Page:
After a diagnosis, intermetatarsal neuroma treatment approaches will range from conservative to more involved, depending on a person’s pain level and the amount of time they’ve struggled with the neuroma.
In general, Morton’s Neuroma treatment will follow this type of trajectory:
1. Rest and Ice
Ceasing activity that causes pain in the ball of the foot, resting the foot, and icing the painful area can help relieve pressure and reduce inflammation.
2. Anti-inflammatory Pain Medications
Using over-the-counter anti-inflammatory medications, like ibuprofen (Advil) or naproxen (Aleve), will help with the pain and decrease inflammation in the foot.
3. Massage the Area
Massaging the effected area can help ease radiating pain and discomfort while improving blood flow to the area to aid in healing.
4. Proper Footwear or Orthotics for Intermetatarsal Neuroma
Wearing appropriate footwear for whatever activity is causing intermetatarsal neuroma pain is a must for healing, and can help avoid the symptoms before they ever begin.
Using footpads or prescription orthotics in the shoe will also help alleviate pressure on the compressed nerve.
5. Morton’s Neuroma Physical Therapy
Morton’s neuroma physical therapy might be recommended as way to learn what types of footwear will be most appropriate for healing. In addition, learning stretches that loosen tight tendons and ligaments, as well practicing exercises to strengthen the ankles and toes can help during and after recovery.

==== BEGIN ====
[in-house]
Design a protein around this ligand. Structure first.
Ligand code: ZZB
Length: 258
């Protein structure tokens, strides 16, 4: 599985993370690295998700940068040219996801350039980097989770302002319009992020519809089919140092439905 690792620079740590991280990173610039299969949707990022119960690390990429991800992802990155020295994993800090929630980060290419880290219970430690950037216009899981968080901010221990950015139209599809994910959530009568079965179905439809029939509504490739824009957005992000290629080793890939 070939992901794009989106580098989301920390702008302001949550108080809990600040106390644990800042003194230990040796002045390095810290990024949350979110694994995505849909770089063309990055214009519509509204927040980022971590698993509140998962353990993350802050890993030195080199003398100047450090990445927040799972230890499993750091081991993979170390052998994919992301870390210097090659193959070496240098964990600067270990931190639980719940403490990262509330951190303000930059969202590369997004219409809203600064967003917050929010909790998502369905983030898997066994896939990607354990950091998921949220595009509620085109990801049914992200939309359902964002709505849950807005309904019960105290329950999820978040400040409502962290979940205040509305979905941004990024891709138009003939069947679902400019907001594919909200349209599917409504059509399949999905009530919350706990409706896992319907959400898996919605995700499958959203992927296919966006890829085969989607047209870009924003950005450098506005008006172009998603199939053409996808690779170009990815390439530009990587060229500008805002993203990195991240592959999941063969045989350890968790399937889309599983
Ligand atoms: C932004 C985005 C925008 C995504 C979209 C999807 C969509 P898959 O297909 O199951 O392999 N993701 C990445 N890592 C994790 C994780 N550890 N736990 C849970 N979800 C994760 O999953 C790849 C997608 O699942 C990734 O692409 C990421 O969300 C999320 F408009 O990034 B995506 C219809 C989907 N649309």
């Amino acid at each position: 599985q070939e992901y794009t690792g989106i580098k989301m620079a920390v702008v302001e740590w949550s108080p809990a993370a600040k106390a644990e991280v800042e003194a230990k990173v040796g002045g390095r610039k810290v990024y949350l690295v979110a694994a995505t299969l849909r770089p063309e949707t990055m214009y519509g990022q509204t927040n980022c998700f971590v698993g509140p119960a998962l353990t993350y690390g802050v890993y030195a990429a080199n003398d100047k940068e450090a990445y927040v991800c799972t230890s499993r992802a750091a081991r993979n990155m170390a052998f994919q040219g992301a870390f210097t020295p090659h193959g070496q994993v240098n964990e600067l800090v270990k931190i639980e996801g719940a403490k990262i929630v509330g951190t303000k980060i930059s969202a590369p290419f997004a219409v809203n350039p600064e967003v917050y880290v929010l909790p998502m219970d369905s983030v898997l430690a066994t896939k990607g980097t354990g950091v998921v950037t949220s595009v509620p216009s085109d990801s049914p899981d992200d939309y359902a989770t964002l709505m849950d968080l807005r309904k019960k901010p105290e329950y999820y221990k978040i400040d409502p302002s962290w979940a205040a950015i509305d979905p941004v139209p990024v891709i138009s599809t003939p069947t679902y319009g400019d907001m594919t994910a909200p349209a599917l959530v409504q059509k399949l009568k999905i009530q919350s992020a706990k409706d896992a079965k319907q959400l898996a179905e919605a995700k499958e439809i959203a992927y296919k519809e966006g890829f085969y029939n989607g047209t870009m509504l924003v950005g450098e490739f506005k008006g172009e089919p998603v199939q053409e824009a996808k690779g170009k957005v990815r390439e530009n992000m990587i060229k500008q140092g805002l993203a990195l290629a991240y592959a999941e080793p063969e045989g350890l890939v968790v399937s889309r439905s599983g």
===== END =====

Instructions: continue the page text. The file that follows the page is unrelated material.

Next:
6. Shockwave Therapy
Extracorporeal Shock Wave Therapy (ESWT), also known as EPAT, or simply Shockwave Therapy, is a noninvasive method for triggering the body’s own healing response mechanism and relieving pain.
A Shockwave Machine delivers impulse pressure waves to the tissue in the affected area, which increases blood flow, reduces inflammation, creates new blood vessels, and promotes faster recovery.
Because Shockwave is a nonsurgical procedure, therapy sessions can be performed during physical therapy or at any point in the healing process.
7. Steroid Injections
Injections of anti-inflammatory corticosteroids at the site of the Morton’s neuroma can reduce pain and swelling. However, many physicians will use caution with steroid injections because they can damage other healthy, surrounding tissue.
8. Morton’s Neuroma Surgery (Neurolysis or Neurectomy)
Morton’s Neuroma surgery is typically reserved for severe cases where other, more conservative approaches have failed to yield relief. Surgical approaches can include removing part of the nerve tissue, using extremely cold temperatures to treat the nerve, or decompression techniques that involve cutting ligaments and other soft-tissue surrounding the nerve.
Many times, the size of the neuroma will be a determining factor in the type of surgery. If it is small, a neurolysis will be able to save the nerve. In the case of a more severe condition that is much larger, a neurectomy will remove the damaged nerve.
There is always a risk associated with surgery, along with significantly longer recovery times, and this option should be thoroughly discussed ahead of time.
The painful symptoms of Morton’s Neuroma from wearing tight fitting shoes or repetitive movements during sports can be successfully treated using the methods outlined above.
If identified and diagnosed early, there shouldn’t be any need for surgery to repair the injury. However, prolonged activity while enduring the pain of an intermetatarsal neuroma could cause the condition to become worse and require a surgical approach like a neurectomy or neurolysis.
To avoid surgery and a lengthy recovery period or downtime, see a podiatrist or athletic trainer at the first signs of pain between the toes in the ball of the foot.